It’s genuinely unsettling and doesn’t always talk down to its target demographic.
What sets “Nappily Ever After” apart is its dissection of the impact of the male gaze on women’s choices regarding their appearances.
Every actor tries to showcase their chops, but the terrible script creates unbreakable barriers.
“Rick” doesn’t try to do enough for the audience.
Decker’s depiction of high art is imbued with an intense, borderline-violent level of religious zeal.
“The Land of Steady Habits” never reaches a climax and remains a flat telling of rich white people and their problems.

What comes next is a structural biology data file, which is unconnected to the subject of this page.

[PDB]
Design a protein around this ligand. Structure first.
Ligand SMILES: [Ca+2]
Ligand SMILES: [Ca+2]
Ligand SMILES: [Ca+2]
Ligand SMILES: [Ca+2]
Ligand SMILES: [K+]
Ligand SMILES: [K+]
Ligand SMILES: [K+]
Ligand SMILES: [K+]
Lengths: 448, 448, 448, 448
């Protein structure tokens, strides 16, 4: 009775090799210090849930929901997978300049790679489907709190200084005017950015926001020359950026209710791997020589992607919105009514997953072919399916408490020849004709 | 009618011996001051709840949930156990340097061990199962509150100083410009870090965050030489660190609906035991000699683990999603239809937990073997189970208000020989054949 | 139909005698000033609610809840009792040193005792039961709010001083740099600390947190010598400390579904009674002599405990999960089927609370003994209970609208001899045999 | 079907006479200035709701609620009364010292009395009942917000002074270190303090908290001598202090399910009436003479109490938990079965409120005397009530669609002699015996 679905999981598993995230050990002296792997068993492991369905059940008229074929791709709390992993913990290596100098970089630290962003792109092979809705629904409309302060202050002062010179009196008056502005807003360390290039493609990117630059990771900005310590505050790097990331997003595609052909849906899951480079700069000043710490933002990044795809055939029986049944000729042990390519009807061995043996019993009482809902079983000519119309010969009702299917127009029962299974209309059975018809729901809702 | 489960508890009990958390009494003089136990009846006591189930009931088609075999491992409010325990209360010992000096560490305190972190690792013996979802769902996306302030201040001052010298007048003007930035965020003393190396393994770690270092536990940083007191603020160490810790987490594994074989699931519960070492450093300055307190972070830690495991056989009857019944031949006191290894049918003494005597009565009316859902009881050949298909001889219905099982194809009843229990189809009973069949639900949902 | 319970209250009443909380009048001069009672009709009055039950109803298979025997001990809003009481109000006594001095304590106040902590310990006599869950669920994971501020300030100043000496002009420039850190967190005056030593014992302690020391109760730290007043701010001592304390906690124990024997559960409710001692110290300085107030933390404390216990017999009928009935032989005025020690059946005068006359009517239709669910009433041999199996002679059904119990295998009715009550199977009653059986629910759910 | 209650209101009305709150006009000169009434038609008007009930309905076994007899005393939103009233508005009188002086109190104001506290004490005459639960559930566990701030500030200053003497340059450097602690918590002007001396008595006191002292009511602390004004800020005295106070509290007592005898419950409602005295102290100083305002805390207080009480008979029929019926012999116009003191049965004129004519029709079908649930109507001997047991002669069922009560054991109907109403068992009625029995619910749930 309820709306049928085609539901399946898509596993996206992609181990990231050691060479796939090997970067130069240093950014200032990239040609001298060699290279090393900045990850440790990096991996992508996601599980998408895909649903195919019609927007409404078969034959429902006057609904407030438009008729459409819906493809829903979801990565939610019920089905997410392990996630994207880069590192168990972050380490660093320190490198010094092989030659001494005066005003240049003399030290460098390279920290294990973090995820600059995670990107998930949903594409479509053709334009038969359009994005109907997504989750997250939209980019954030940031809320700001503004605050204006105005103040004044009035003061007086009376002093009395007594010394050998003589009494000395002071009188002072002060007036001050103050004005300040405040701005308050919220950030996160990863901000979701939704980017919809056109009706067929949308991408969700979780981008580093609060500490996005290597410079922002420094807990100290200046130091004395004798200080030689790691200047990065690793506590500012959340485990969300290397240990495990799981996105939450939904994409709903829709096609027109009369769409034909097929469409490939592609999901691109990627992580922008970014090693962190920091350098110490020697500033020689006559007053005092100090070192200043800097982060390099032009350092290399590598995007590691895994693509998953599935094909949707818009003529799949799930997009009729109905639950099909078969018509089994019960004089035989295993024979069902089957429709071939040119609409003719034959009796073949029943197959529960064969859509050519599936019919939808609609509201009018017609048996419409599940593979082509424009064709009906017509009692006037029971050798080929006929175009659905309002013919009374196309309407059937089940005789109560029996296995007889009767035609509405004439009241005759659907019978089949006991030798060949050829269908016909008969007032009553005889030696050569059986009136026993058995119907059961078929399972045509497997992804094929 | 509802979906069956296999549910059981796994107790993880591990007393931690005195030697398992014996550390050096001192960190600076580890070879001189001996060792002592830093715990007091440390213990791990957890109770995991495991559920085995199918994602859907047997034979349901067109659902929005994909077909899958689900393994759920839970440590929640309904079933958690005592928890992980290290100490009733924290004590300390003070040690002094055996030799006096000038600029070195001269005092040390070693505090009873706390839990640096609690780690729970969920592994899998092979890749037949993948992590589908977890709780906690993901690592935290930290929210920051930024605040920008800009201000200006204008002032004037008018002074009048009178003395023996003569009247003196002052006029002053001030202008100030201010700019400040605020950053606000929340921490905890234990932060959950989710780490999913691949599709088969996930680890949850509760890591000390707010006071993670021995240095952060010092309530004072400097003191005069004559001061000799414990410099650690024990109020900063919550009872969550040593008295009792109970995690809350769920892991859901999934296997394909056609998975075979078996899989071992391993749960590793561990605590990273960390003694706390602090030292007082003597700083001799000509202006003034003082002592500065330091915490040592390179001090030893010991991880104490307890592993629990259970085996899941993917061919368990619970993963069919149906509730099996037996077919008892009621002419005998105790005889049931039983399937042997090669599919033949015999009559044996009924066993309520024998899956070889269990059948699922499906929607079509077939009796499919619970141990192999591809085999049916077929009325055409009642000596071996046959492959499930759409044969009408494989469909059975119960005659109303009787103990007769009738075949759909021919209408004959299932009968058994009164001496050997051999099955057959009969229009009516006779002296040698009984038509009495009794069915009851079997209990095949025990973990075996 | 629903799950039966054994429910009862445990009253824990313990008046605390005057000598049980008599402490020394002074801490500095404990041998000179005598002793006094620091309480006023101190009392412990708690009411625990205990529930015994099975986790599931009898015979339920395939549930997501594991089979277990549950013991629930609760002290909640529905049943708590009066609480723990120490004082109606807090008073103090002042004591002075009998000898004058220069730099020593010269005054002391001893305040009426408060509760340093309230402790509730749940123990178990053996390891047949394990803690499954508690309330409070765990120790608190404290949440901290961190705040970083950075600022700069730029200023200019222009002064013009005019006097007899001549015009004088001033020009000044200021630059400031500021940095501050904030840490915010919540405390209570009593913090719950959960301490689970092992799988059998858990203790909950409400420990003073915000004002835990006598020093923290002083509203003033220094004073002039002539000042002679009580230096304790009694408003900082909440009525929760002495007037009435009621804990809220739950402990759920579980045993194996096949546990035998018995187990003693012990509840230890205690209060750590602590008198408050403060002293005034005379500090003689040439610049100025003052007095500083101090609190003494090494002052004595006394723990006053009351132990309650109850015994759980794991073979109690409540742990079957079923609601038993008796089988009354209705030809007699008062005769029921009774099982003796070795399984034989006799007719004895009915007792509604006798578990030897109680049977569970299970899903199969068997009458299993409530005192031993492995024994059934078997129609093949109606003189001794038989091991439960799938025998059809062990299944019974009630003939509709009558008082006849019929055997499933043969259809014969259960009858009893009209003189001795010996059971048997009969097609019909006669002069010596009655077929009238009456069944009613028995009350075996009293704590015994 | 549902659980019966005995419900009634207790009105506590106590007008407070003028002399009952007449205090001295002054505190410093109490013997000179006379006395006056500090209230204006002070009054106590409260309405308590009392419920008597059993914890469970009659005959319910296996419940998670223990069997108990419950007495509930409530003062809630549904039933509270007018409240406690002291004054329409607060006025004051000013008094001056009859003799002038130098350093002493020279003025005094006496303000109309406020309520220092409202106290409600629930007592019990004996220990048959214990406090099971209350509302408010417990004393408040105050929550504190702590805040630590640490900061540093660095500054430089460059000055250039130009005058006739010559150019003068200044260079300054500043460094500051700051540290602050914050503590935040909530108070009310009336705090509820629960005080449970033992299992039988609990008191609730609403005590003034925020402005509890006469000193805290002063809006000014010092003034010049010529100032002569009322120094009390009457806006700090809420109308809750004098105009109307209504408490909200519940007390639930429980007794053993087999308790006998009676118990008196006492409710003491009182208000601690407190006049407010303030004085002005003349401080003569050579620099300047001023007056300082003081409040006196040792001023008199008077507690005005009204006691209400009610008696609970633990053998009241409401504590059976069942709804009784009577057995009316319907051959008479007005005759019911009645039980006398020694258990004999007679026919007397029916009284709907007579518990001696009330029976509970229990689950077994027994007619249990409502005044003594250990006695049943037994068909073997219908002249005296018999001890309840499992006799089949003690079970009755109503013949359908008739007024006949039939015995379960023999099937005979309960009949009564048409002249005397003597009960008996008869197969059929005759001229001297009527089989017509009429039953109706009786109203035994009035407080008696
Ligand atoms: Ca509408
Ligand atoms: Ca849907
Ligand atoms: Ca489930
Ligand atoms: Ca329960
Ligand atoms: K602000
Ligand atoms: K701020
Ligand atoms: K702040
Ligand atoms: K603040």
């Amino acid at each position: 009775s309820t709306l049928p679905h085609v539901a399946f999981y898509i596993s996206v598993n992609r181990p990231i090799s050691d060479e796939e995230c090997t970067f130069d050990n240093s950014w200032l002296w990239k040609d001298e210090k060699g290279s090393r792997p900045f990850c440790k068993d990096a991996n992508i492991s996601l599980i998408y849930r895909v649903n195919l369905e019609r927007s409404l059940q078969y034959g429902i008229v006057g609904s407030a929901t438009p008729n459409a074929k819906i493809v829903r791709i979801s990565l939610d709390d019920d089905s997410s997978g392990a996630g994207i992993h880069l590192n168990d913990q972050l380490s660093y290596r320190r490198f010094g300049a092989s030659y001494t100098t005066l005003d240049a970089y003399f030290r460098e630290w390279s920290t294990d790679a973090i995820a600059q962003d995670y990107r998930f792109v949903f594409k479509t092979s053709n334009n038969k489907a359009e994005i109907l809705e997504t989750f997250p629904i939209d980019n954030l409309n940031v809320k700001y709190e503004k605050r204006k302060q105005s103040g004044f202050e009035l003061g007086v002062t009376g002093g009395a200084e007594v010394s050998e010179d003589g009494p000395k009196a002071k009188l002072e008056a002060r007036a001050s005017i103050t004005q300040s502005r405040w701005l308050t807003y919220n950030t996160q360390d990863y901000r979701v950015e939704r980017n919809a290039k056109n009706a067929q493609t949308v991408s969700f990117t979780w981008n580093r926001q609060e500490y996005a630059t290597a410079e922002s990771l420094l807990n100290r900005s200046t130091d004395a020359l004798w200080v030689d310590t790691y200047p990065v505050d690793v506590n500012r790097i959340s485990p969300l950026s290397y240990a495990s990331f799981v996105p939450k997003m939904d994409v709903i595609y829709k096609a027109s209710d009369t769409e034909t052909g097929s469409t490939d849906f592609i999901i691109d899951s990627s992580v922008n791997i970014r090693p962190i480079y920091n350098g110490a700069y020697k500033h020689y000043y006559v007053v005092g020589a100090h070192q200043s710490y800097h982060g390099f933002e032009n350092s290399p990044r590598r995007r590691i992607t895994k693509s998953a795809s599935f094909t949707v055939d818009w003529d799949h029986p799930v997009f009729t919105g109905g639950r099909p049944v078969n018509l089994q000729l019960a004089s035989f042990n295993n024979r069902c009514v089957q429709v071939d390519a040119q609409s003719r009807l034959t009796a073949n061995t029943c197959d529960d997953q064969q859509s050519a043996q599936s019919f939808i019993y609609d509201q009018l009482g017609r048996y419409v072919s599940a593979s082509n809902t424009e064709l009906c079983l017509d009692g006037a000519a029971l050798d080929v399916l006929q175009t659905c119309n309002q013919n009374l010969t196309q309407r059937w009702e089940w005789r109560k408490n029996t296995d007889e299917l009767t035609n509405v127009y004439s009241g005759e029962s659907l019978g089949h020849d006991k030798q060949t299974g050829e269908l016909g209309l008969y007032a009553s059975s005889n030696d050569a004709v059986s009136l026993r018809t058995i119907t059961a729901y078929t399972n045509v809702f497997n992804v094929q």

Through the judicial system, power is granted to a select few in hopes that they will uphold the law and use their authority to protect and defend the greater good. This ideal, however, often doesn't translate to reality.
What seems like a happily-ever-after type of tale twists itself into a dark nightmarish saga of deception, experimentation and loss as the nature of the triplets’ adoption becomes more clear.
With “Sierra Burgess is a Loser” it’s clear that Netflix has adopted an everything-and-the-kitchen-sink mentality when it comes to their original release slate.
Had “Most Assassinated” leaned further into the guts and gore on-stage, the film could have been spun into a compelling thriller or horror flick.